Global Edition

New technology to improve St Andrews courses

1.00am 6th September 2001 - Management Topics

The latest technology from the USA is being used for the first time in Europe on
St Andrews Links to improve the quality of the golf courses. A sulphur burner was installed in May to improve the quality of the borehole water which is used to irrigate the courses.

The burner, no bigger than a domestic cooker, heats raw organic sulphur in the form of small yellow pellets and converts it to a gas (sulphurous dioxide) which, mixed with water, becomes sulphurous acid (H2SO3). This is an entirely safe liquid, with an acidity level similar to lemonade, which is then added to the Links irrigation reservoir. It significantly reduces the pH level of the water from around 8 to between 6.5 and 7 – closer to that of rainwater.

The positive effects on the turf include the reduction of grass diseases, improved water absorption by the soil and better release of nutrients.

“We are always looking at ways of improving the condition of the golf courses. This is an environmentally friendly and effective solution to a problem which affects all the courses on the Links,” said Gordon Moir, links superintendent at St Andrews Links Trust. “As there has been high rainfall this summer we have conducted only a short trial but this showed early signs of improvement in targeted areas. I am looking forward to seeing the overall results in the long-term.”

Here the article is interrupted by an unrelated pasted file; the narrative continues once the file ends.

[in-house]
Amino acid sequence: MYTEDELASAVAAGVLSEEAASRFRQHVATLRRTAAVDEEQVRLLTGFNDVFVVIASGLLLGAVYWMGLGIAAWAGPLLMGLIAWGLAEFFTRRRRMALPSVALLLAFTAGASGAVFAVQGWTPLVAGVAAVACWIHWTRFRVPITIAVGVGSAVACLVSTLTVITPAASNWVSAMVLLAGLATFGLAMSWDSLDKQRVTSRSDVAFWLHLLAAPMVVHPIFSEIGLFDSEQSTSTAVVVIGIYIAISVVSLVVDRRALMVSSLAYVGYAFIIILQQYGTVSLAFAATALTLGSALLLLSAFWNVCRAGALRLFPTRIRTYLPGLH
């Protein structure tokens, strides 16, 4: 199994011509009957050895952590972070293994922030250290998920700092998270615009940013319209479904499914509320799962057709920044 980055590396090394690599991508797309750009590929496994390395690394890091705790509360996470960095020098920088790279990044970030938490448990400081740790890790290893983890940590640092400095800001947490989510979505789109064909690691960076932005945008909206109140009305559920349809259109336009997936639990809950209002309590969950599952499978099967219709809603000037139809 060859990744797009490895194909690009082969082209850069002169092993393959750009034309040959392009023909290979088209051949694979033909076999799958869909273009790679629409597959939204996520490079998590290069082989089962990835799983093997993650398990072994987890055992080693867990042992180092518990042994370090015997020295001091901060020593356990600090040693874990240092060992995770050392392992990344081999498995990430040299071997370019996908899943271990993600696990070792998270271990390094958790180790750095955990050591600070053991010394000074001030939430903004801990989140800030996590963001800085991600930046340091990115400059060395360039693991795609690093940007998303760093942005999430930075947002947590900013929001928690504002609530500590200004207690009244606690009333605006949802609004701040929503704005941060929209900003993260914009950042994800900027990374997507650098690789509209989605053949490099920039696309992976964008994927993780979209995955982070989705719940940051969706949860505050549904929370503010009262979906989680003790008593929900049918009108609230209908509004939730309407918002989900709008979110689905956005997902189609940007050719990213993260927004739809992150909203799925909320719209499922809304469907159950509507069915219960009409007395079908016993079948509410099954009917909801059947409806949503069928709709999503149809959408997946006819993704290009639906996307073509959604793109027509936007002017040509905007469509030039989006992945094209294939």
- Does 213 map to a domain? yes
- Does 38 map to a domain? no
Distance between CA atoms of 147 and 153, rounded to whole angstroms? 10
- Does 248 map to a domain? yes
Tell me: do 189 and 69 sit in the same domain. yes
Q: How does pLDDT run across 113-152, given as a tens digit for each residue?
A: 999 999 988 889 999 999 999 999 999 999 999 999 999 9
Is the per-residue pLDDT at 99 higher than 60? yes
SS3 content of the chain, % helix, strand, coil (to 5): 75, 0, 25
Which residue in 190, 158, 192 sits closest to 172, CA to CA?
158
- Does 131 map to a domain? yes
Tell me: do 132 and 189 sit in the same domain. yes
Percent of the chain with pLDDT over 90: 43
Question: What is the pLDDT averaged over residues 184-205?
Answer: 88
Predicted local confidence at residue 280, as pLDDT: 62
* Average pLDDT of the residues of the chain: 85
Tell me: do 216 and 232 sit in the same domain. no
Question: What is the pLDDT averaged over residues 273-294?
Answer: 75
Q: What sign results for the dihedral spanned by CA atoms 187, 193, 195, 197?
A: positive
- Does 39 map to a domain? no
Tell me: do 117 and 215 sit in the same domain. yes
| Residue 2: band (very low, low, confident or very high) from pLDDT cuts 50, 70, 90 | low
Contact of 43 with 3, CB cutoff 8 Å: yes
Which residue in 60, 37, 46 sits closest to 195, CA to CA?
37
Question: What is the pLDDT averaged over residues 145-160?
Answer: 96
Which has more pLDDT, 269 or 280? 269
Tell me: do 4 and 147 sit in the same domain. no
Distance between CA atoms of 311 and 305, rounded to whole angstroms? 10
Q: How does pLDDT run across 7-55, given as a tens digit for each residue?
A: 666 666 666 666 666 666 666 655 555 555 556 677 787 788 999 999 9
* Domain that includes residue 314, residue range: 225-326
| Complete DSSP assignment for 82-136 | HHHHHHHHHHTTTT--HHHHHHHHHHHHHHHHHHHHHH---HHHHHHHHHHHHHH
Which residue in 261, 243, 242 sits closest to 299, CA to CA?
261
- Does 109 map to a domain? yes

Sulphur burning is a natural process which has worked successfully on top courses in the USA such as Pebble Beach and Kiawah, and has been used for many years in agriculture to improve soil quality. The company providing the burner is AquaSO2, a company based in California.



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